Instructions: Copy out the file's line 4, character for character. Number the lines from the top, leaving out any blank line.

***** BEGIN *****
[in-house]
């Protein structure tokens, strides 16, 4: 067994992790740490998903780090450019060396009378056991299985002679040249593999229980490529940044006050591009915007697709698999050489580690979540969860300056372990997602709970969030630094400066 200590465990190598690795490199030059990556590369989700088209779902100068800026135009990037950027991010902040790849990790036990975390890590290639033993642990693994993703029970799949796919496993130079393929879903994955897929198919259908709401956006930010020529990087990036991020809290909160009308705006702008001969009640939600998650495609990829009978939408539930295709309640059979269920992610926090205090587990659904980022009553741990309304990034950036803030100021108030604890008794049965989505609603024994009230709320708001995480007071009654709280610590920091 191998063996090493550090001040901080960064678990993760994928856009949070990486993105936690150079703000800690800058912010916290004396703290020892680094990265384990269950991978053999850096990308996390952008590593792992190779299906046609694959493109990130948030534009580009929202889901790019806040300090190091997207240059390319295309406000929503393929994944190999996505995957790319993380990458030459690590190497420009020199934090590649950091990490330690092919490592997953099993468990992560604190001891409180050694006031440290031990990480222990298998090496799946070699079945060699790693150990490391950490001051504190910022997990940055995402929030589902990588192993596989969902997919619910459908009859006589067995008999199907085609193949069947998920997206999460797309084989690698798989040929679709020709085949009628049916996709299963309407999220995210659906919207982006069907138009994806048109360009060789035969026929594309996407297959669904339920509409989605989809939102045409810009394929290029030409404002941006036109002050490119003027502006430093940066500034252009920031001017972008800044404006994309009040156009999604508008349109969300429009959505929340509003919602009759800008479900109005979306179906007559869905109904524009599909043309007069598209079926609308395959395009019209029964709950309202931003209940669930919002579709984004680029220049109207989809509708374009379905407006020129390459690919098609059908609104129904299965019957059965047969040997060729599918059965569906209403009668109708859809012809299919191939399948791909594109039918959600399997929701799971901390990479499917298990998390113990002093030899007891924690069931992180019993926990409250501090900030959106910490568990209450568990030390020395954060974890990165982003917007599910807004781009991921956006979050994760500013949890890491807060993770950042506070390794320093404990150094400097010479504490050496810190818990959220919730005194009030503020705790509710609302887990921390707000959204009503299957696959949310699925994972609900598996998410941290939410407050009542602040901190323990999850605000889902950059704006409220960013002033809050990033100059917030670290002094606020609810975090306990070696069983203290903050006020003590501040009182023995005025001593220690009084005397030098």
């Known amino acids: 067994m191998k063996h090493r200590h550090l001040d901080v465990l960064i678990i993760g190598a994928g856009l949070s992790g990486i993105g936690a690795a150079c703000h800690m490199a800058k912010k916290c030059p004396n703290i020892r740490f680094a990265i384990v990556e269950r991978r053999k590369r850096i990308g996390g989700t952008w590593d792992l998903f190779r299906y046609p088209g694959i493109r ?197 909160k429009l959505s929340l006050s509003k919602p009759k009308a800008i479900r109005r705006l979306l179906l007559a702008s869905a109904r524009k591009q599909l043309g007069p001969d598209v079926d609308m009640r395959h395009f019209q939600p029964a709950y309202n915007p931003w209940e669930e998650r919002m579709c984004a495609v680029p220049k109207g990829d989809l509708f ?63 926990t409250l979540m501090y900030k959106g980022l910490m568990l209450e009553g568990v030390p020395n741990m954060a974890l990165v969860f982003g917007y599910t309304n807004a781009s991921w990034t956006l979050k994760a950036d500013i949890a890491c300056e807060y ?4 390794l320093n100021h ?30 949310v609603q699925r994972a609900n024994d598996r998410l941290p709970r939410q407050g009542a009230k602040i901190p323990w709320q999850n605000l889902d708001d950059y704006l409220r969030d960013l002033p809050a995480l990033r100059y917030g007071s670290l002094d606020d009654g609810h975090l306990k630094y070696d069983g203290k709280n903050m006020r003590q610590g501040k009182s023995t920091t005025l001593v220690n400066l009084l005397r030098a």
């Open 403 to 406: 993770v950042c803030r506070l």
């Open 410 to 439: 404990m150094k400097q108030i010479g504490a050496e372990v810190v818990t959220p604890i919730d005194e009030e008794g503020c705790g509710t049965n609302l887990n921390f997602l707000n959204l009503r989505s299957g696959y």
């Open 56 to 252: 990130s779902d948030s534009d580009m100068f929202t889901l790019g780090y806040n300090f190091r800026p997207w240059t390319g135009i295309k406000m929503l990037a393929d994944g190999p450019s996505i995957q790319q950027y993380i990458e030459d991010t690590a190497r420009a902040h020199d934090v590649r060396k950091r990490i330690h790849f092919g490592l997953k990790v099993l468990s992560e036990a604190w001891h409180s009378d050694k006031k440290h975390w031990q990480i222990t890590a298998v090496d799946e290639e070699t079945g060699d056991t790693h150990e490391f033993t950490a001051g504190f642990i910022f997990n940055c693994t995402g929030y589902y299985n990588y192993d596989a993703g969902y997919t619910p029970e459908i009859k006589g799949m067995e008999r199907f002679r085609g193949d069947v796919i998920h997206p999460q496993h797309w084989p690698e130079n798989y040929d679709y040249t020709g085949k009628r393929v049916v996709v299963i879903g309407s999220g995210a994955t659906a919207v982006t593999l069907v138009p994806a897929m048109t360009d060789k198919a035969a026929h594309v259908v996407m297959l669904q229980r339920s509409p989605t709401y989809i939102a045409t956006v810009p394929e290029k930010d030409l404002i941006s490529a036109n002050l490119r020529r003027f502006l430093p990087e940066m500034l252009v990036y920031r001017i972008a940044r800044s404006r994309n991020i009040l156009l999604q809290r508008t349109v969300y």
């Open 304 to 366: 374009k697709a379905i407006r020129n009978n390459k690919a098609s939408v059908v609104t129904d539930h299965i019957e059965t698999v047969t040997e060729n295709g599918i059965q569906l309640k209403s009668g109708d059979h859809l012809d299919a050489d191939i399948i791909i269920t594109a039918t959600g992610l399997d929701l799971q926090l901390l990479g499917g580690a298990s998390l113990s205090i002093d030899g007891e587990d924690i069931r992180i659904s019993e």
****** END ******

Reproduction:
């Open 403 to 406: 993770v950042c803030r506070l």